New England, 1630. Upon threat of banishment by the church, an English farmer leaves his colonial plantation, relocating his wife and five children to a remote plot of land on the edge of an ominous forest -- within which lurks an unknown evil. As circumstances grow more treacherous, each family member's faith, loyalty and love become tested in shocking and unforgettable ways.


movie still, The Witch, Festivale film review; 600x362

Moonlight Cinema $10 tickets during March

Brisbane: New Farm Park at Brisbane Powerhouse, Dec 16 -- March 6

Melbourne: Central Lawn at Royal Botanic Gardens, Dec 3 -- March 27

Perth: Kings Park and Botanic Garden, Dec 5 -- March 27

Sydney: Belvedere Amphitheatre in Centennial Park, Dec 3 -- March 27

Moonlight Cinema today announces the return of $10 tickets throughout March; all you need to do is sign up to Moonlight's Cine Buzz membership on the Cine Buzz website to book your super low cost tickets.

More advanced screenings have also been announced: A Bigger Splash starring Ralph Fiennes and Tilda Swinton in a tale of sun, sea and self-destruction; The Man Who Knew Infinity, starring Dev Patel (Slumdog Millionaire) and Academy Award winner Jeremy Irons; and an all-star cast feature-film remake of Dad's Army.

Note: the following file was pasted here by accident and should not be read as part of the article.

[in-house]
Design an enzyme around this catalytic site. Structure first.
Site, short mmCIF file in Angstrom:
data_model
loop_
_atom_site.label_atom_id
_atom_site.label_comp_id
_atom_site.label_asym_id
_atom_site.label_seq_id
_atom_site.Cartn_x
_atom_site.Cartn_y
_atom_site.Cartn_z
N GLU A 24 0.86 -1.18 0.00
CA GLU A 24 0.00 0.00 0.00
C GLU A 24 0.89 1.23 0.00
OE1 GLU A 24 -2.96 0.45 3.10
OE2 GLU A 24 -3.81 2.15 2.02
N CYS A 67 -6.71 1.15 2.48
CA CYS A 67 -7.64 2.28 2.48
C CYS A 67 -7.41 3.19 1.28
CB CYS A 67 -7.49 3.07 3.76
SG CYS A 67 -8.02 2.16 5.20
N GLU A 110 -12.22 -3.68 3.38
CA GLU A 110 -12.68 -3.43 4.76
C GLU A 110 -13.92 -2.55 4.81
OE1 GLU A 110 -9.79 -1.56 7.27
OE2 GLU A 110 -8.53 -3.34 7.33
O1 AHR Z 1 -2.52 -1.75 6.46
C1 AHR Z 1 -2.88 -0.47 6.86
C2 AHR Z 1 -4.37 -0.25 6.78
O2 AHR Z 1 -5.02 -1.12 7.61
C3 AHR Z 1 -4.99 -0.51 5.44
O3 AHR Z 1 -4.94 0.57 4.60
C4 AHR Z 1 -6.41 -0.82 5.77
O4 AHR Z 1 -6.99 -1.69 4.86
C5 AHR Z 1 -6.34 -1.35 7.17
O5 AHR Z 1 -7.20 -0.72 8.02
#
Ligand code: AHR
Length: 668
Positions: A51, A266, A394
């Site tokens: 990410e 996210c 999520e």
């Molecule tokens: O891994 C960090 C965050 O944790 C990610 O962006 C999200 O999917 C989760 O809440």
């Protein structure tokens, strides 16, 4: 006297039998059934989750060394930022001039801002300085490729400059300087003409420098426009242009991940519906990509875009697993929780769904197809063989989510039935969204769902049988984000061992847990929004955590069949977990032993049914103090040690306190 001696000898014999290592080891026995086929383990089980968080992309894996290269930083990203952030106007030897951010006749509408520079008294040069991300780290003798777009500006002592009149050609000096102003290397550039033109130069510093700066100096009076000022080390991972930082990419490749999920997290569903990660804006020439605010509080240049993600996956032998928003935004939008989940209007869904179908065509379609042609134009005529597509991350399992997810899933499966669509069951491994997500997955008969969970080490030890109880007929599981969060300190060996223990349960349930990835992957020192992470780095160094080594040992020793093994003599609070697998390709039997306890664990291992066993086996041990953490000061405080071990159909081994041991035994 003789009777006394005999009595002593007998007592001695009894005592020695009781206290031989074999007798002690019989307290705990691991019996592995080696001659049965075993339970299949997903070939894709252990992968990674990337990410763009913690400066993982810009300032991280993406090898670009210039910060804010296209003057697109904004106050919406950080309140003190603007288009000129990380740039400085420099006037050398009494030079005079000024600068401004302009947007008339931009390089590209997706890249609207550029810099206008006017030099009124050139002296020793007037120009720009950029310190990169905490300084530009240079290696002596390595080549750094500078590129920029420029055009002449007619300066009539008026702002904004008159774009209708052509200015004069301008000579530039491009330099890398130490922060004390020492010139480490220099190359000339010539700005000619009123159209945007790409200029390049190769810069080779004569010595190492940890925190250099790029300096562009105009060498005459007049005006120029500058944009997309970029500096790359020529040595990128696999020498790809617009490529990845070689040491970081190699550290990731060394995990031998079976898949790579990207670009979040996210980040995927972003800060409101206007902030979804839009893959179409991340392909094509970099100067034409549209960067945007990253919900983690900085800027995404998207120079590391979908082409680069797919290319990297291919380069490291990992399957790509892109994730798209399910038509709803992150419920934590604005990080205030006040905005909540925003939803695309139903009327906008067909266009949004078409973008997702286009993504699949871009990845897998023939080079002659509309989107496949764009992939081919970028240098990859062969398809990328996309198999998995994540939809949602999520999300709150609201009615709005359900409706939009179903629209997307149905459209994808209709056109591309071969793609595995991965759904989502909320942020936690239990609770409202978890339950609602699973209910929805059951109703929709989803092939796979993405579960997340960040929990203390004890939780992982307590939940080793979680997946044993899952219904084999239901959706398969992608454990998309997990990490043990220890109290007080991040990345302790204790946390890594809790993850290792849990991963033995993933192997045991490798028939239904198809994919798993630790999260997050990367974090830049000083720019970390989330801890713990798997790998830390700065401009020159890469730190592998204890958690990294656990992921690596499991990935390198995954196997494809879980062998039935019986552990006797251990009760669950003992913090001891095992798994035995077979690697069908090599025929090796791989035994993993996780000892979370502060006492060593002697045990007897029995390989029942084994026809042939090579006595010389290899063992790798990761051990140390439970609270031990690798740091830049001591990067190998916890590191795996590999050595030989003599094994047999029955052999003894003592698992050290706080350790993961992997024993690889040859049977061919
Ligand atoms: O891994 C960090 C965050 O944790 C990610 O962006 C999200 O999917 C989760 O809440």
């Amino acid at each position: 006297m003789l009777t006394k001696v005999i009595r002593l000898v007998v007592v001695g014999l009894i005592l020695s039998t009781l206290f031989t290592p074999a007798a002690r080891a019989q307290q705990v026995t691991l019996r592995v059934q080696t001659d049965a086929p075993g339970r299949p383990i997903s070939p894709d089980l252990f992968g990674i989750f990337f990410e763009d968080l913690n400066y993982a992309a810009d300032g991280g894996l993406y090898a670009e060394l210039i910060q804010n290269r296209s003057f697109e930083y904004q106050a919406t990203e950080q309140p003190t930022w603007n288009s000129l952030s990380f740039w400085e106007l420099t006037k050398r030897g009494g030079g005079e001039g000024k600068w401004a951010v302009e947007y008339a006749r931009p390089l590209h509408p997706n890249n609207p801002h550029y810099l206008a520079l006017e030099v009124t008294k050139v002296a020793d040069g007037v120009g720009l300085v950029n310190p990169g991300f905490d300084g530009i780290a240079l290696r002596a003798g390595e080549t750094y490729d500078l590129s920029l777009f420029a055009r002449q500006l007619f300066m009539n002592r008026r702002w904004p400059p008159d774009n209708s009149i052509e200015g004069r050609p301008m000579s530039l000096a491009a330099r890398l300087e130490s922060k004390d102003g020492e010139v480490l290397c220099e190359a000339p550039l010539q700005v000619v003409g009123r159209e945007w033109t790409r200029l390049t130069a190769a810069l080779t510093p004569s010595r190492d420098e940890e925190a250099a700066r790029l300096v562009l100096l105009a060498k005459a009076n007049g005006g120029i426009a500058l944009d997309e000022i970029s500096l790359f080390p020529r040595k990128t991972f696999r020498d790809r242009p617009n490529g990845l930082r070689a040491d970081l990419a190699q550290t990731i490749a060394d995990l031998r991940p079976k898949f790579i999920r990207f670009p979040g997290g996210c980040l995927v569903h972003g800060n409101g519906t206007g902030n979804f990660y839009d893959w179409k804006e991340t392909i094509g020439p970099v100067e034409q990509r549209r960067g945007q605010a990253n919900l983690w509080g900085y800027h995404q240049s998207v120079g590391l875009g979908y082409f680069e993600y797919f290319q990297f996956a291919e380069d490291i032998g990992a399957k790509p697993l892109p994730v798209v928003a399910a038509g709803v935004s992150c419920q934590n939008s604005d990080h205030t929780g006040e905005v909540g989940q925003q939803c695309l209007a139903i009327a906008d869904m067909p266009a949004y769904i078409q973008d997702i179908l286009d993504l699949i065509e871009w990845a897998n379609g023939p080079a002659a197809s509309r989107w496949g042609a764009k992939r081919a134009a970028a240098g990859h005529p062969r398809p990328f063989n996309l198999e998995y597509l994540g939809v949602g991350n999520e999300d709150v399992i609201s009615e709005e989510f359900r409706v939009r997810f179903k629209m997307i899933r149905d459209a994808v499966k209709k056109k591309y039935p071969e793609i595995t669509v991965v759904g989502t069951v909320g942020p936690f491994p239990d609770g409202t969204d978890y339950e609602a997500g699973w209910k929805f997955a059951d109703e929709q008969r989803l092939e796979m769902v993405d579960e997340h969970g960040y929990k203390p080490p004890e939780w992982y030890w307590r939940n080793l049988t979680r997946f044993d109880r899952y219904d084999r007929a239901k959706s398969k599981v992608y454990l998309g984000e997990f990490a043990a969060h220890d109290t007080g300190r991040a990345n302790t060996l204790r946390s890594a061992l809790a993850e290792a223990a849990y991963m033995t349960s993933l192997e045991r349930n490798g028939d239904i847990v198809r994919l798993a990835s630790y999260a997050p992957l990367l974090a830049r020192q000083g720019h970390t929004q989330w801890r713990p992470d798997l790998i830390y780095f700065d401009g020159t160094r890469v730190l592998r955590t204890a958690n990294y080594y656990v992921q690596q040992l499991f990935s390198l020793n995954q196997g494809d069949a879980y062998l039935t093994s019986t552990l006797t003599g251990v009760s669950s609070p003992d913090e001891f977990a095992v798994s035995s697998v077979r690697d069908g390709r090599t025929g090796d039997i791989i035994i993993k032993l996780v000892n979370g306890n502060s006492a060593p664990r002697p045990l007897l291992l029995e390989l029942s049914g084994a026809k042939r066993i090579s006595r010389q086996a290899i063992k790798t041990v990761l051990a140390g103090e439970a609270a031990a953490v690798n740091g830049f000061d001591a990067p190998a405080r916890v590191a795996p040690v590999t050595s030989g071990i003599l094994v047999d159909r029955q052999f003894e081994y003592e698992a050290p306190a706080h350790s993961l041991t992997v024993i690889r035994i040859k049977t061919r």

To join through Cine Buzz

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State Library of Victoria Fellowships

Artists, performers, writers, historians, filmmakers, scholars and thinkers are encouraged to apply for a prestigious State Library Victoria Fellowship.

In 2016, the State Library and its partners are offering 12 fellowships collectively worth up to $154,500. Among these are specialist fellowships in children's literature, Ukrainian studies, performing arts, visual arts and a fellowship to commemorate the centenary of WWI.

CEO Kate Torney said the Fellowship program supports a diverse range of creative work and research.

"The State Library's Fellowships have been one of the most substantial fellowship programs in Australia for thirteen years. With the generous support of our program partners the Fellowships have furthered the work of more than 190 artists, historians, composers, academics, playwrights, writers, poets and other creative researchers and delivered over $1.9 million in funding.

In 2016 the library aims to bring people together to experience and celebrate the work of our Fellows through performances, publications, websites, screenings, talks, exhibitions and other events at the library and venues around Victoria.

Past fellowships have produced major exhibitions, public art installations, documentaries, books, graphic novels, plays, musical scores, interactive games and many other creative projects.

Applications for the 2016-17 Fellowships open Monday 1 February and close Sunday 17 April 2016.

Further information